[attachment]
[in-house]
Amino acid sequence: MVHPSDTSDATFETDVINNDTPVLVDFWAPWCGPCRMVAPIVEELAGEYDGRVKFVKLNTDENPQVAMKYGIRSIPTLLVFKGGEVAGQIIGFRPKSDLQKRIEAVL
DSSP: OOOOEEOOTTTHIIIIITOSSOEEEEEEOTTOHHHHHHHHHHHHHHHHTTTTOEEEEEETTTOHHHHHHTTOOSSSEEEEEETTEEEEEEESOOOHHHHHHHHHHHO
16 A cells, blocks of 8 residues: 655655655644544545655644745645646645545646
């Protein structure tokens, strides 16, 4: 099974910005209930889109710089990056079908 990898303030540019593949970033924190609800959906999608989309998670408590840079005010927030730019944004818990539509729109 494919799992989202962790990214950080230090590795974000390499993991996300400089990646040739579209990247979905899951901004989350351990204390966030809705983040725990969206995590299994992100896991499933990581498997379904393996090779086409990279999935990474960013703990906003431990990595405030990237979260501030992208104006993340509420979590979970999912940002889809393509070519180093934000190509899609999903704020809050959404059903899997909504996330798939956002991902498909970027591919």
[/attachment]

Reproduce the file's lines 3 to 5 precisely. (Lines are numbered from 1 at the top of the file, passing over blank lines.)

DSSP: OOOOEEOOTTTHIIIIITOSSOEEEEEEOTTOHHHHHHHHHHHHHHHHTTTTOEEEEEETTTOHHHHHHTTOOSSSEEEEEETTEEEEEEESOOOHHHHHHHHHHHO
16 A cells, blocks of 8 residues: 655655655644544545655644745645646645545646
């Protein structure tokens, strides 16, 4: 099974910005209930889109710089990056079908 990898303030540019593949970033924190609800959906999608989309998670408590840079005010927030730019944004818990539509729109 494919799992989202962790990214950080230090590795974000390499993991996300400089990646040739579209990247979905899951901004989350351990204390966030809705983040725990969206995590299994992100896991499933990581498997379904393996090779086409990279999935990474960013703990906003431990990595405030990237979260501030992208104006993340509420979590979970999912940002889809393509070519180093934000190509899609999903704020809050959404059903899997909504996330798939956002991902498909970027591919």